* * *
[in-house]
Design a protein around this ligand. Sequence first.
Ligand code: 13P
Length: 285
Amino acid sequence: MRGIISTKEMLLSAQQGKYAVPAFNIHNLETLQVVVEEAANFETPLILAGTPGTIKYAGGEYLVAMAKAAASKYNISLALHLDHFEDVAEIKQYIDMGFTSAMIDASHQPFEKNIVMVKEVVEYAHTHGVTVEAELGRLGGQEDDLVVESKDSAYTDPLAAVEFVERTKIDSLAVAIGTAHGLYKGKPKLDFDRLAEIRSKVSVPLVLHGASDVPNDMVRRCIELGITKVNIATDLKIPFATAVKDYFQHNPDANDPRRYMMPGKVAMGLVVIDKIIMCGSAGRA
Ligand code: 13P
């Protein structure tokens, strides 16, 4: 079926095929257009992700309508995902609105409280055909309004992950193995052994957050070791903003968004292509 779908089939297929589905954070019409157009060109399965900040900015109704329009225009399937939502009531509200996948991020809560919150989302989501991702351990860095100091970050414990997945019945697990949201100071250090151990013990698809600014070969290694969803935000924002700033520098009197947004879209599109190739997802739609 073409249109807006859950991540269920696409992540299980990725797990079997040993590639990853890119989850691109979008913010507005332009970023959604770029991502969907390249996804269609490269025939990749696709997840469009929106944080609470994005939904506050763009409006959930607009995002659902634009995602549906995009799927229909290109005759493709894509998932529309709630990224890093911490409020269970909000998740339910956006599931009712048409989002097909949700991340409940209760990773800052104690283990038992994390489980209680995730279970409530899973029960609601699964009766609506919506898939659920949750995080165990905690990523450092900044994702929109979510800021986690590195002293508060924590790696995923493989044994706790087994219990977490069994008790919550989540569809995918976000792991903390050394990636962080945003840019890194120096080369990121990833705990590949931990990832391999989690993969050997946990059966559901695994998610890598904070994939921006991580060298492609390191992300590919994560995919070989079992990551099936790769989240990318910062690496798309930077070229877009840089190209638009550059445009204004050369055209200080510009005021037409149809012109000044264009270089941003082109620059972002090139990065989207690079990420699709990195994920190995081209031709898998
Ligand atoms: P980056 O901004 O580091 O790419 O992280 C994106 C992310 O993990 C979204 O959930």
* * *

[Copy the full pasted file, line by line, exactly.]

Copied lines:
[in-house]
Design a protein around this ligand. Sequence first.
Ligand code: 13P
Length: 285
Amino acid sequence: MRGIISTKEMLLSAQQGKYAVPAFNIHNLETLQVVVEEAANFETPLILAGTPGTIKYAGGEYLVAMAKAAASKYNISLALHLDHFEDVAEIKQYIDMGFTSAMIDASHQPFEKNIVMVKEVVEYAHTHGVTVEAELGRLGGQEDDLVVESKDSAYTDPLAAVEFVERTKIDSLAVAIGTAHGLYKGKPKLDFDRLAEIRSKVSVPLVLHGASDVPNDMVRRCIELGITKVNIATDLKIPFATAVKDYFQHNPDANDPRRYMMPGKVAMGLVVIDKIIMCGSAGRA
Ligand code: 13P
């Protein structure tokens, strides 16, 4: 079926095929257009992700309508995902609105409280055909309004992950193995052994957050070791903003968004292509 779908089939297929589905954070019409157009060109399965900040900015109704329009225009399937939502009531509200996948991020809560919150989302989501991702351990860095100091970050414990997945019945697990949201100071250090151990013990698809600014070969290694969803935000924002700033520098009197947004879209599109190739997802739609 073409249109807006859950991540269920696409992540299980990725797990079997040993590639990853890119989850691109979008913010507005332009970023959604770029991502969907390249996804269609490269025939990749696709997840469009929106944080609470994005939904506050763009409006959930607009995002659902634009995602549906995009799927229909290109005759493709894509998932529309709630990224890093911490409020269970909000998740339910956006599931009712048409989002097909949700991340409940209760990773800052104690283990038992994390489980209680995730279970409530899973029960609601699964009766609506919506898939659920949750995080165990905690990523450092900044994702929109979510800021986690590195002293508060924590790696995923493989044994706790087994219990977490069994008790919550989540569809995918976000792991903390050394990636962080945003840019890194120096080369990121990833705990590949931990990832391999989690993969050997946990059966559901695994998610890598904070994939921006991580060298492609390191992300590919994560995919070989079992990551099936790769989240990318910062690496798309930077070229877009840089190209638009550059445009204004050369055209200080510009005021037409149809012109000044264009270089941003082109620059972002090139990065989207690079990420699709990195994920190995081209031709898998
Ligand atoms: P980056 O901004 O580091 O790419 O992280 C994106 C992310 O993990 C979204 O959930």